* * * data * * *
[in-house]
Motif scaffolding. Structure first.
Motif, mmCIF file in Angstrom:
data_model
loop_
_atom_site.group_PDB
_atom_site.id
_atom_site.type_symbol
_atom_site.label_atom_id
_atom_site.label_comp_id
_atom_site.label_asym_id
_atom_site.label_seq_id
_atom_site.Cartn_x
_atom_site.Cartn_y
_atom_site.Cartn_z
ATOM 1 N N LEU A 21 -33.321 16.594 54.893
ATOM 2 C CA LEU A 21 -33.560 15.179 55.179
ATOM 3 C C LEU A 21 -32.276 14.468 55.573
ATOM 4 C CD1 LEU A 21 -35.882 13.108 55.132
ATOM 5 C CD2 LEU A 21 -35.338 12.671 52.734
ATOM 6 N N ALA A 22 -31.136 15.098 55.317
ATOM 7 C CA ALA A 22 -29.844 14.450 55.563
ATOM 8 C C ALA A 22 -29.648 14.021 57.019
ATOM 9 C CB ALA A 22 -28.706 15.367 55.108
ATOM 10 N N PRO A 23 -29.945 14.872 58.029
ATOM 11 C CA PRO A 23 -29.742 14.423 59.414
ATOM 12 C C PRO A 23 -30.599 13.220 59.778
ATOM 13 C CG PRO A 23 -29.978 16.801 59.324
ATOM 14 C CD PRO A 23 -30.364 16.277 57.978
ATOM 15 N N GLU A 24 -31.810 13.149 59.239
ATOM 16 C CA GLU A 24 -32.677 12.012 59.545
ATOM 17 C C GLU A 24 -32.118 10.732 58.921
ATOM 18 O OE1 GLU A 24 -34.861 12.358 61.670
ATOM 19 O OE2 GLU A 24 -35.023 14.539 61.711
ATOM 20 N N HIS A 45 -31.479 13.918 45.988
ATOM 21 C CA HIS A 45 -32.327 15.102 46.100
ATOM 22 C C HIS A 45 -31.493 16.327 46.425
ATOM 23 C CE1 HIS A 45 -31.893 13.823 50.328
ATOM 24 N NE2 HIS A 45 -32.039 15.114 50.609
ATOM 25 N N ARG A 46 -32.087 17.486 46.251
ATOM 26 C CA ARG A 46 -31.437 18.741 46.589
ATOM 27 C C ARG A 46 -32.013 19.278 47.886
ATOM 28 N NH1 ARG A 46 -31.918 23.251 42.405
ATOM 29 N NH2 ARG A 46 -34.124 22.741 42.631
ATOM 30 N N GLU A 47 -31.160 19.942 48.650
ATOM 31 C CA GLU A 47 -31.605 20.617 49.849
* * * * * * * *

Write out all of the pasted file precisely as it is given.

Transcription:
[in-house]
Motif scaffolding. Structure first.
Motif, mmCIF file in Angstrom:
data_model
loop_
_atom_site.group_PDB
_atom_site.id
_atom_site.type_symbol
_atom_site.label_atom_id
_atom_site.label_comp_id
_atom_site.label_asym_id
_atom_site.label_seq_id
_atom_site.Cartn_x
_atom_site.Cartn_y
_atom_site.Cartn_z
ATOM 1 N N LEU A 21 -33.321 16.594 54.893
ATOM 2 C CA LEU A 21 -33.560 15.179 55.179
ATOM 3 C C LEU A 21 -32.276 14.468 55.573
ATOM 4 C CD1 LEU A 21 -35.882 13.108 55.132
ATOM 5 C CD2 LEU A 21 -35.338 12.671 52.734
ATOM 6 N N ALA A 22 -31.136 15.098 55.317
ATOM 7 C CA ALA A 22 -29.844 14.450 55.563
ATOM 8 C C ALA A 22 -29.648 14.021 57.019
ATOM 9 C CB ALA A 22 -28.706 15.367 55.108
ATOM 10 N N PRO A 23 -29.945 14.872 58.029
ATOM 11 C CA PRO A 23 -29.742 14.423 59.414
ATOM 12 C C PRO A 23 -30.599 13.220 59.778
ATOM 13 C CG PRO A 23 -29.978 16.801 59.324
ATOM 14 C CD PRO A 23 -30.364 16.277 57.978
ATOM 15 N N GLU A 24 -31.810 13.149 59.239
ATOM 16 C CA GLU A 24 -32.677 12.012 59.545
ATOM 17 C C GLU A 24 -32.118 10.732 58.921
ATOM 18 O OE1 GLU A 24 -34.861 12.358 61.670
ATOM 19 O OE2 GLU A 24 -35.023 14.539 61.711
ATOM 20 N N HIS A 45 -31.479 13.918 45.988
ATOM 21 C CA HIS A 45 -32.327 15.102 46.100
ATOM 22 C C HIS A 45 -31.493 16.327 46.425
ATOM 23 C CE1 HIS A 45 -31.893 13.823 50.328
ATOM 24 N NE2 HIS A 45 -32.039 15.114 50.609
ATOM 25 N N ARG A 46 -32.087 17.486 46.251
ATOM 26 C CA ARG A 46 -31.437 18.741 46.589
ATOM 27 C C ARG A 46 -32.013 19.278 47.886
ATOM 28 N NH1 ARG A 46 -31.918 23.251 42.405
ATOM 29 N NH2 ARG A 46 -34.124 22.741 42.631
ATOM 30 N N GLU A 47 -31.160 19.942 48.650
ATOM 31 C CA GLU A 47 -31.605 20.617 49.849